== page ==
WASHINGTON -- On April 12, 1994, six days after a plane carrying Rwanda's president was shot down, setting off a wave of killings, Madeleine K. Albright, the U.S. ambassador to the United Nations at the time, sent a cable to the State Department proposing that the United States take the lead in pushing to withdraw the U.N. peacekeeping force operating there.
Ms. Albright's tersely worded cable, recently declassified, starkly captures the U.S. reluctance to respond to the deepening crisis in Rwanda. When most of the U.N. force was withdrawn shortly afterward, leaving the violence almost completely unchecked, the crisis rapidly escalated into one of history's most grimly efficient genocides, with some 800,000 people killed in fewer than 100 days.
Twenty years after the genocide, the National Security Archive and the U.S. Holocaust Memorial Museum have obtained nearly 300 secret cables from the United States, Britain, New Zealand and other members of the U.N. Security Council during the fateful weeks when events in Rwanda spiraled out of control.
The documents, which the groups posted on their websites Monday, offer a vivid record of closed-door debates, in which the diplomats, lacking accurate information and scarred by a disastrous military mission in Somalia months earlier, voted to pull out most of the peacekeepers at the very moment when they could have curbed the killing.
"It's clear, in hindsight, that the pullout of peacekeeping was the green light for genocide," said Tom Blanton, director of the National Security Archive at George Washington University, which, along with the Holocaust Museum, is sponsoring a conference this week in The Hague on how the world handled the Rwanda crisis.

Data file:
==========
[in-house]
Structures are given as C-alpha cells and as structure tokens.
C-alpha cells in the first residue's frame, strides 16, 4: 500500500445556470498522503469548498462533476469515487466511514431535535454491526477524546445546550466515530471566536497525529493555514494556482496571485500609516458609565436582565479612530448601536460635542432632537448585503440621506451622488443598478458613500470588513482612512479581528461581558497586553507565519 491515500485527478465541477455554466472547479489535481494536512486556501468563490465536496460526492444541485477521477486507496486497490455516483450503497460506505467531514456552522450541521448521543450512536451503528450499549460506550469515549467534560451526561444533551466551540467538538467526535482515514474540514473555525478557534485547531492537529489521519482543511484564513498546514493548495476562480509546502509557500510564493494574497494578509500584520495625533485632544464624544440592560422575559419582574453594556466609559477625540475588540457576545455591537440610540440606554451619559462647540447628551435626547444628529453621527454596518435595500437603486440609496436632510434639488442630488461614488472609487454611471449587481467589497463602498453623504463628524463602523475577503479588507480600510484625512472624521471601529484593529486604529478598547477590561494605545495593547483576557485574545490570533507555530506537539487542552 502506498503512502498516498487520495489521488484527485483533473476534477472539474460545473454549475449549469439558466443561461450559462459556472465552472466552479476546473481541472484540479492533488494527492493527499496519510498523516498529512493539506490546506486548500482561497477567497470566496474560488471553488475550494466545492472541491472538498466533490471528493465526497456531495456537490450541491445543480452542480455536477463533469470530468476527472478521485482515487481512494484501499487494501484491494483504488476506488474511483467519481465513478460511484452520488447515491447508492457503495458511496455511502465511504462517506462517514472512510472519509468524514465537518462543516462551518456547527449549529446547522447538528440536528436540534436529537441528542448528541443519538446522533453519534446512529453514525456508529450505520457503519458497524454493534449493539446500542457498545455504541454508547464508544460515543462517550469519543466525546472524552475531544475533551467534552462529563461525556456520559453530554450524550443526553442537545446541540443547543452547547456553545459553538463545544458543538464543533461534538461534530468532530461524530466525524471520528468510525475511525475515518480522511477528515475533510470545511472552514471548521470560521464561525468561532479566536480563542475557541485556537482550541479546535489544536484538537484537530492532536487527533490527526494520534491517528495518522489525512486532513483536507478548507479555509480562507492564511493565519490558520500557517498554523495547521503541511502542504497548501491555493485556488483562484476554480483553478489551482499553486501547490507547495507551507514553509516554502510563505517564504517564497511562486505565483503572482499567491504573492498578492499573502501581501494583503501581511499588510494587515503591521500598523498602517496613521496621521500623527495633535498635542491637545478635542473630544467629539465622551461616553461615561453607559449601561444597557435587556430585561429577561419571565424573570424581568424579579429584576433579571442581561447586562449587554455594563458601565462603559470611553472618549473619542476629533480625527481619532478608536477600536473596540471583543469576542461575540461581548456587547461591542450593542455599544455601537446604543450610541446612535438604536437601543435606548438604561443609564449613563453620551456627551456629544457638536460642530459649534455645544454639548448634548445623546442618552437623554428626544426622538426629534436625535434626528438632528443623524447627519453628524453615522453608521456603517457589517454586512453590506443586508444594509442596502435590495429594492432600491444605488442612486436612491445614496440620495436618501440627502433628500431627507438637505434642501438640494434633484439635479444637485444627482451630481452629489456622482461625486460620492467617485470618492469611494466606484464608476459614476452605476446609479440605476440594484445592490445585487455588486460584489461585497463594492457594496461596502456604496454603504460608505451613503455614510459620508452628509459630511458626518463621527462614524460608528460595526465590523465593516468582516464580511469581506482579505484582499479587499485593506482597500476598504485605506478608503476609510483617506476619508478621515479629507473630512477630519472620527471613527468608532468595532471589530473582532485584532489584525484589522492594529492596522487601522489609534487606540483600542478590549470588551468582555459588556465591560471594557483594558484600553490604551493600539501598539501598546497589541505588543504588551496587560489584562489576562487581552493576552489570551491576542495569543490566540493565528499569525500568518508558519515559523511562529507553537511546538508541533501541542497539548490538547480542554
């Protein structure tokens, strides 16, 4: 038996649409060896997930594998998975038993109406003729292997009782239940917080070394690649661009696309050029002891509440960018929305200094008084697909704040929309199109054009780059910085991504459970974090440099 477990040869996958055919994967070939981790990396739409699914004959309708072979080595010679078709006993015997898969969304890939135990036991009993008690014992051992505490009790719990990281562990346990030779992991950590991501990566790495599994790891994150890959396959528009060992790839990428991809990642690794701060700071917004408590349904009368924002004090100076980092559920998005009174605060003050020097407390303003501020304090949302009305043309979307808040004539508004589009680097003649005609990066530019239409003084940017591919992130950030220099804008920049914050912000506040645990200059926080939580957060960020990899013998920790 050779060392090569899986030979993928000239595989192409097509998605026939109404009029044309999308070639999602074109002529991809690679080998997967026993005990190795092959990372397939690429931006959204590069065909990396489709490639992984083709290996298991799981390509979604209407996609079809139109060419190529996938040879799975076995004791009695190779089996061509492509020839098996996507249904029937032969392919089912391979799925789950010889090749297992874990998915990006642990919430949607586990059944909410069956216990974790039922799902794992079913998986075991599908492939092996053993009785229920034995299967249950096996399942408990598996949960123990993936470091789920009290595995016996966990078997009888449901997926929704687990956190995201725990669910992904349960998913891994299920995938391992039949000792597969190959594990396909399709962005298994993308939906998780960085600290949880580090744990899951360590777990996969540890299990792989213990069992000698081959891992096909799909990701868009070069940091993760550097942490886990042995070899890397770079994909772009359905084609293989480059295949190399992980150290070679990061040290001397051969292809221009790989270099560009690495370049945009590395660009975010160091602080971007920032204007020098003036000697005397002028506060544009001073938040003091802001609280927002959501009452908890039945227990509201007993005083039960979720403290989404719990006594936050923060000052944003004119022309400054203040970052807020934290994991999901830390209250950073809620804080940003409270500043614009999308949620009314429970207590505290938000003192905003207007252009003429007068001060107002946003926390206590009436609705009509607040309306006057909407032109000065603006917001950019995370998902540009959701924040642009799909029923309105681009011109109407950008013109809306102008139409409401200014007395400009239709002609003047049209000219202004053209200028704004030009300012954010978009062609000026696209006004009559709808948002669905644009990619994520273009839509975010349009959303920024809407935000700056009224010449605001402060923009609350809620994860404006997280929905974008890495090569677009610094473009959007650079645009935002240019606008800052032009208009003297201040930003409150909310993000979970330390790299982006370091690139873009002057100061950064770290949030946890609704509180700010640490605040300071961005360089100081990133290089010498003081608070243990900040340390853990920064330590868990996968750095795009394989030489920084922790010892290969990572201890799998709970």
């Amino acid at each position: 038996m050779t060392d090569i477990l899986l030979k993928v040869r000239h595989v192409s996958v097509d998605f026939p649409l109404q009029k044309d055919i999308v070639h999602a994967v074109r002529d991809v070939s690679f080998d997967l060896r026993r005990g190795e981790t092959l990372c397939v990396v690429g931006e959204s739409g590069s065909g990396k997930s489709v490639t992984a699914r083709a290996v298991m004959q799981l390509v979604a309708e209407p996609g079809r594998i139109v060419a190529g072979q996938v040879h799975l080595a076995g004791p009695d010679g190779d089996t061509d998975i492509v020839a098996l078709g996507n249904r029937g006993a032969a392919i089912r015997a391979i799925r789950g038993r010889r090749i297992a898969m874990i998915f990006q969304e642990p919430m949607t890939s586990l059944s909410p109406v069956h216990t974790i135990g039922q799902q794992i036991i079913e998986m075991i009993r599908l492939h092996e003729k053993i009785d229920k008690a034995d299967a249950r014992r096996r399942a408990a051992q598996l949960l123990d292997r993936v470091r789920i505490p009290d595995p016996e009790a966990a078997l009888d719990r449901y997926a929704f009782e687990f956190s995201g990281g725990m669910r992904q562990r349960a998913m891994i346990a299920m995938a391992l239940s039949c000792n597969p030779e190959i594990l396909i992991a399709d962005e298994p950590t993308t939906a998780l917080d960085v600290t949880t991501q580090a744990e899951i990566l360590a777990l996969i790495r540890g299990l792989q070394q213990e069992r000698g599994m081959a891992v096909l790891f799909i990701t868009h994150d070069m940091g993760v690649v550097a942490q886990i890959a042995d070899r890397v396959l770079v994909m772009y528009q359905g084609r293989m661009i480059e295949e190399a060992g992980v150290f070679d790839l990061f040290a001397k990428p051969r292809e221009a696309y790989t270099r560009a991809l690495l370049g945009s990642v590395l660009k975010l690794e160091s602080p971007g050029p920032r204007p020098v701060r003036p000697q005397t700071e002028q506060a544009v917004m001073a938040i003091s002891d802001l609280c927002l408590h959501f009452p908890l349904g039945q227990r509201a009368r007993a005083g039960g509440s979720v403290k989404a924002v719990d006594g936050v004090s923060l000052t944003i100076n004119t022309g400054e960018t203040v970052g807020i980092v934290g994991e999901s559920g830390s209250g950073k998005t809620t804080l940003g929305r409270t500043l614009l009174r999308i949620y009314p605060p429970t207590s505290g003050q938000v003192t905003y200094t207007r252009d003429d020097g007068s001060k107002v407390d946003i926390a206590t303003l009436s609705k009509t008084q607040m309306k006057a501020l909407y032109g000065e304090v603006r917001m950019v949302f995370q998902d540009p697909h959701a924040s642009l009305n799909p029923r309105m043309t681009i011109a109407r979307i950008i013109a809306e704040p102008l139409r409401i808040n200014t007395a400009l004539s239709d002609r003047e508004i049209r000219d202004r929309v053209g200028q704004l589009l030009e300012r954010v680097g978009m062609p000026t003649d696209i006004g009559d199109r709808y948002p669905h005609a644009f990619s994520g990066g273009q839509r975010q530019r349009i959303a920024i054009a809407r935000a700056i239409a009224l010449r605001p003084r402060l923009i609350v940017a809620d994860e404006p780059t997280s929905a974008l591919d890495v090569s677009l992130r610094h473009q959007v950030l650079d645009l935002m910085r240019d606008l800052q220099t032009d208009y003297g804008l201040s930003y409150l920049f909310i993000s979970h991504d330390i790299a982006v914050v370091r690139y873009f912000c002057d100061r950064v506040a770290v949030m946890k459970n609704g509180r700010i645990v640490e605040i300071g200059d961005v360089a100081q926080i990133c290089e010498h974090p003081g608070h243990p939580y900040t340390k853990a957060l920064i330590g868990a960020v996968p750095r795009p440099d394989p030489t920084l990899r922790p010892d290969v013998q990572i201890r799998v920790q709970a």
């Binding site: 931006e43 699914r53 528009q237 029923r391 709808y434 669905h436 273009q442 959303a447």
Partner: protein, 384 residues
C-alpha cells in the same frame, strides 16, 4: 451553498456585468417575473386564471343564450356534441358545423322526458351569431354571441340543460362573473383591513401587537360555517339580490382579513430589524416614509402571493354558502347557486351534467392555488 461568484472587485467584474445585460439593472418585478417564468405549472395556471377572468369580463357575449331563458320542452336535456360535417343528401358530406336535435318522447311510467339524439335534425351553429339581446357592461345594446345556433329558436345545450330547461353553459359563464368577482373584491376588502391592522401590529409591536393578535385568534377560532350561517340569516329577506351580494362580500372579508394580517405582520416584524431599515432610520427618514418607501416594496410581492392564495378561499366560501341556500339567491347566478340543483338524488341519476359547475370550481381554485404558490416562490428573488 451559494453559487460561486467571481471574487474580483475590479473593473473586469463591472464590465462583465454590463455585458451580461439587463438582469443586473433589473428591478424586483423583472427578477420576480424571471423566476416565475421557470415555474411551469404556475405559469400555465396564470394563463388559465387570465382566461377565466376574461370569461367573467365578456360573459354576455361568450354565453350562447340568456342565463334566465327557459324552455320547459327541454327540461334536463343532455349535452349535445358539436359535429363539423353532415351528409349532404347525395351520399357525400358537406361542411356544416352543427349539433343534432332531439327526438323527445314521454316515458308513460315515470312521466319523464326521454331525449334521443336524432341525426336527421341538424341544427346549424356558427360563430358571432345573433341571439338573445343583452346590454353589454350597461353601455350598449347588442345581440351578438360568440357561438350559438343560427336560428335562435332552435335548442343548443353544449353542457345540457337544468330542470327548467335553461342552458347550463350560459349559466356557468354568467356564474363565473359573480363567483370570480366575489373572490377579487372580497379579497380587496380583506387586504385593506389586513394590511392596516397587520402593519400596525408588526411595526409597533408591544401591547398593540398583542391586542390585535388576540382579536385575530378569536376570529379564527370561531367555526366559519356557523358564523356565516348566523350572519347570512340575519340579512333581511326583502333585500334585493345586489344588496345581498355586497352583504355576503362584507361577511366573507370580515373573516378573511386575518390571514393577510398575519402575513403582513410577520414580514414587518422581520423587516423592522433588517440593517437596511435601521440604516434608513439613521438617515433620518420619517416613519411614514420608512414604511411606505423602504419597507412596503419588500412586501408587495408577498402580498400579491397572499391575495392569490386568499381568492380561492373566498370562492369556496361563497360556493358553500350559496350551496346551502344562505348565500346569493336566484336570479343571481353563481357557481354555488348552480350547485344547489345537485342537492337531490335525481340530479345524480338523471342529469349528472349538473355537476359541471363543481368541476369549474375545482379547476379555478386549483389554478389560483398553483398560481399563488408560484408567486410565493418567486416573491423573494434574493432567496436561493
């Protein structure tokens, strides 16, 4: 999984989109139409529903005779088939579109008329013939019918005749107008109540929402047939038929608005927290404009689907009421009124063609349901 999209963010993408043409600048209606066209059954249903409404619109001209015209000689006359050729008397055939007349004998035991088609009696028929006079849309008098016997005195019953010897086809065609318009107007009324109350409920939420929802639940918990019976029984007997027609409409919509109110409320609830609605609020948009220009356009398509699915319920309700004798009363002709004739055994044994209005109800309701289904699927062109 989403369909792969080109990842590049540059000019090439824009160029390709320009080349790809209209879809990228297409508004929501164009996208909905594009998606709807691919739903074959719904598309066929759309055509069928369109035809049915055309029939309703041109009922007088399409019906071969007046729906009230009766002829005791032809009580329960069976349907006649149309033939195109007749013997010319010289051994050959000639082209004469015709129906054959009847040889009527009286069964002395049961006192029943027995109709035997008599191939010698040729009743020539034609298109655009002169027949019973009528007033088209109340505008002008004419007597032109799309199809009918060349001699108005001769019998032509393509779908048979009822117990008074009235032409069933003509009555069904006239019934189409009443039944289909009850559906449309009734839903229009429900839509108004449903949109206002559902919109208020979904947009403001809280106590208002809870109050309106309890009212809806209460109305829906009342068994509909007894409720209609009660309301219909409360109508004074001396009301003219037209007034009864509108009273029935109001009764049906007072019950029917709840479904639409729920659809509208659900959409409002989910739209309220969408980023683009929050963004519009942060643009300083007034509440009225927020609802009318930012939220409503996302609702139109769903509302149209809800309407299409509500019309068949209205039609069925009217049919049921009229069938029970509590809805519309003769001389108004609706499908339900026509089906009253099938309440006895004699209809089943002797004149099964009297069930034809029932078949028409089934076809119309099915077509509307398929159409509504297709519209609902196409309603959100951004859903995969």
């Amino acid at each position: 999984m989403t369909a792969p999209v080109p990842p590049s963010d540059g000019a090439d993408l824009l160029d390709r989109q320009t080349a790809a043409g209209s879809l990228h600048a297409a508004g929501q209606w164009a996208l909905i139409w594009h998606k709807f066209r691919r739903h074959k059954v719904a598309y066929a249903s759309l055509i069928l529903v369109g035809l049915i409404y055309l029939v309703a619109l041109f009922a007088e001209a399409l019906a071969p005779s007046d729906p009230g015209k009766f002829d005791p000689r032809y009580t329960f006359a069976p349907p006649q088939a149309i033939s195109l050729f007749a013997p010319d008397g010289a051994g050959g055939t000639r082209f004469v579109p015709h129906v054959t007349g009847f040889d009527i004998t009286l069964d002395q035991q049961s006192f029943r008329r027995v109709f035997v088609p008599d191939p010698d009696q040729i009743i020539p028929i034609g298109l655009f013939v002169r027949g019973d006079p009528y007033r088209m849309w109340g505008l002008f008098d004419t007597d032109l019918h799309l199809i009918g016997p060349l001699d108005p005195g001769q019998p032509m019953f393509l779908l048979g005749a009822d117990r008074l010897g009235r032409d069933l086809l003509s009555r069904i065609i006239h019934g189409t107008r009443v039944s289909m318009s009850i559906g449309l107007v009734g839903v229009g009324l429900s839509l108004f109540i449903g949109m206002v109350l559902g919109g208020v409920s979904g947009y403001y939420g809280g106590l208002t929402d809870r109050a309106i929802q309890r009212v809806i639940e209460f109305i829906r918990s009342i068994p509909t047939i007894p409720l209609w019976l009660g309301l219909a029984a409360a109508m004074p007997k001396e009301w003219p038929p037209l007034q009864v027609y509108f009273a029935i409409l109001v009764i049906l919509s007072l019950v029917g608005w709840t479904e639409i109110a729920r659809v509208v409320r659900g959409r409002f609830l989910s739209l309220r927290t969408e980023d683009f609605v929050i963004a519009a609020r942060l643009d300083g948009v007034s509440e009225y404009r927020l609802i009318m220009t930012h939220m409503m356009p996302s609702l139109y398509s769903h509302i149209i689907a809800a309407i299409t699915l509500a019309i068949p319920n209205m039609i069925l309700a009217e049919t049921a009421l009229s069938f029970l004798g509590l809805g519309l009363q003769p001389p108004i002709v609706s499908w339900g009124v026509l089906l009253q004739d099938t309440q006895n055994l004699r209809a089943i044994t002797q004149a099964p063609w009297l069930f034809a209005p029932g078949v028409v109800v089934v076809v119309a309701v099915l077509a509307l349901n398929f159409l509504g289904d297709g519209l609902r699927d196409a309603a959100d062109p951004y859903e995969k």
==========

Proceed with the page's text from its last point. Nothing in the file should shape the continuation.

Cameron Hudson, acting director of the Holocaust Museum's Center for the Prevention of Genocide, said, "It looks very cold and doesn't paint any of the big countries in a good light."
Former President Bill Clinton has described his administration's inaction as one of the greatest regrets of his time in office. Ms. Albright, who has also expressed regret, said in an interview that she welcomed the release of the cables because she hoped a fuller exploration of that period would contribute to policies that would prevent future atrocities. "I was an instructed ambassador, not the secretary of state, but I do wish I had argued harder," said Ms. Albright, who became secretary of state during Mr. Clinton's second term.
On April 14, after Belgium announced that it would pull its troops from the peacekeeping force in Rwanda, the U.N. Security Council debated whether to beef up the mission to help protect civilians, withdraw it entirely or scale it back to a rump force, largely for symbolic value. The United States and Britain favored the third option.
"I understood why there had been talk of protecting civilians," the British ambassador at the time, Sir David Hannay, wrote in a cable. "But even a vastly increased and better equipped UNAMIR would find such a broad mandate difficult to fulfill," he said using the acronym for the peacekeeping force, U.N. Assistance Mission for Rwanda.
In her April 12 cable, Ms. Albright said there was a "window of opportunity" to withdraw the bulk of the force because the airport in the capital, Kigali, was still under the control of Belgian and French troops. She advocated leaving behind a "skeletal staff that might be able to facilitate a cease-fire and any future political negotiations."
On April 21, after a week in which 10,000 Rwandans were killed in Kigali alone, the Security Council voted to reduce the force size to 270 troops from 2,100.
The remaining peacekeepers found themselves "standing knee-deep in mutilated bodies," said Romeo Dallaire, the Canadian general who commanded the U.N. force.